One other interesting thing Geoff Lloyd said, and this may be a trend noted by those dealing with the taxman before (to whom I apologise for boring them), was his reference to HMRC’s ‘customers’, i.e. taxpayers, and HMRC’s ‘products’, i.e. taxes.
The suggestion that taxes might be just products opens up an interesting thought. Is it a case of ‘Hmm, I don’t think I’ll buy this product, I’ll have that one’? If so, can we have sale times, when the products go cheap?
If I was given the choice, I have to say I think I’d opt for VAT rather than any other tax – you don’t notice it so much as a direct tax.
Or perhaps through a good tax adviser I can opt for not buying any of HMRC’s products at all? Does the taxman have a view on that, I wonder?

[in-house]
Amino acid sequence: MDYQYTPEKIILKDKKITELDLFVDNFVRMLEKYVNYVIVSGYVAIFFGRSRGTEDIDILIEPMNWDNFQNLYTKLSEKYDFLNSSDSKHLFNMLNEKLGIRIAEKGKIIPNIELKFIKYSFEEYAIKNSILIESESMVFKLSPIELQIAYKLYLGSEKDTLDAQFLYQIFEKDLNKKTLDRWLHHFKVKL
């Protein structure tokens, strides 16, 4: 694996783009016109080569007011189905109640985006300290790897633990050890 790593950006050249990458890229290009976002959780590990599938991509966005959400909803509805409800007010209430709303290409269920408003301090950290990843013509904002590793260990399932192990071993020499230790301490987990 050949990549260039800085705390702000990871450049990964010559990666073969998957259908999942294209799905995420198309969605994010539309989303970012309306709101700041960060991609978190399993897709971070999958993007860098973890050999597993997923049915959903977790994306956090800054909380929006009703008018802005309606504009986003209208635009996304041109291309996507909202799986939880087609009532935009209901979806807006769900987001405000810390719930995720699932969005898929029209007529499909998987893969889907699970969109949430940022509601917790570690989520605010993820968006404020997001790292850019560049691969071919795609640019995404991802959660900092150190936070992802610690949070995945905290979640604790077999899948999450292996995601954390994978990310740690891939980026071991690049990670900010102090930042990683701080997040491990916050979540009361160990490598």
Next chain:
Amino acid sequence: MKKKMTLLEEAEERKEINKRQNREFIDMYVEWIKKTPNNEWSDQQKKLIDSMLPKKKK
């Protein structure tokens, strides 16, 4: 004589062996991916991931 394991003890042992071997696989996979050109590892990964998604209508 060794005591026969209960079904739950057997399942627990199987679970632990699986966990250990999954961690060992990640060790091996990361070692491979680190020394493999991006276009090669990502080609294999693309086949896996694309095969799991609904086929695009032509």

The taxman was particularly indignant about the idea recently that M&S might ‘shop around’ the EU for tax reliefs in the group relief case. Clearly the consumer lingo only takes it so far.
Does Darwin's theory apply to taxation? Colin ponders...
The UK tax gap fell in 2014-15 to its lowest-ever level of 6.5%, revealed official statistics published today
Changes to the tax system is urged to support the growth of entrepreneurs, found a report from the Grant Thornton UK, the Institute of Directors, and the Prelude Group
The EC has been instructed to draft a European Union (EU) directive authorising an EU financial transaction tax, which would apply to ten of the EU’s 28 member states